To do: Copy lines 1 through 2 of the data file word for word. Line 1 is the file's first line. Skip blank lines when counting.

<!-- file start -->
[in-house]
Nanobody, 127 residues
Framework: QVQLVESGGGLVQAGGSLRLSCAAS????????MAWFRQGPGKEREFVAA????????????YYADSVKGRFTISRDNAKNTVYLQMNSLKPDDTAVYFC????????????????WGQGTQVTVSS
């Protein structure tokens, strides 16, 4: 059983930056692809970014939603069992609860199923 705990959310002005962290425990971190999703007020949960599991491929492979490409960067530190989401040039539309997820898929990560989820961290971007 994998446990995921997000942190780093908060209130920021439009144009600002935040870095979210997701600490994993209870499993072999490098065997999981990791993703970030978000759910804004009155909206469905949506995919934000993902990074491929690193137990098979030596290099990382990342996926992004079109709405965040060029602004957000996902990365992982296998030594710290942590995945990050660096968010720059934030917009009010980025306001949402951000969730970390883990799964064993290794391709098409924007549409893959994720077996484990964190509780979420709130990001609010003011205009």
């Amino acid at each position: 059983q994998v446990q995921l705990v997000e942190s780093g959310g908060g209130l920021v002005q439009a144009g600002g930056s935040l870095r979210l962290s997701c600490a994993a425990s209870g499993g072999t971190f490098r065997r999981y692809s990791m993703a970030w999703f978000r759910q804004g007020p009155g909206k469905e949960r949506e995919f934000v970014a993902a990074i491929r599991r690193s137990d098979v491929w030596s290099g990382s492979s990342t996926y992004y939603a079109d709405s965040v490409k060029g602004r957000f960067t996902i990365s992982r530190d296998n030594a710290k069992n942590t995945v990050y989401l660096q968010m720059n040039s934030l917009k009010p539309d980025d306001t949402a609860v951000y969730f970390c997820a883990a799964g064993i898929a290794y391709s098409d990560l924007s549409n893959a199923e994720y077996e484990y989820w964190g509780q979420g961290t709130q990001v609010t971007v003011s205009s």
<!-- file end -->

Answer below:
[in-house]
Nanobody, 127 residues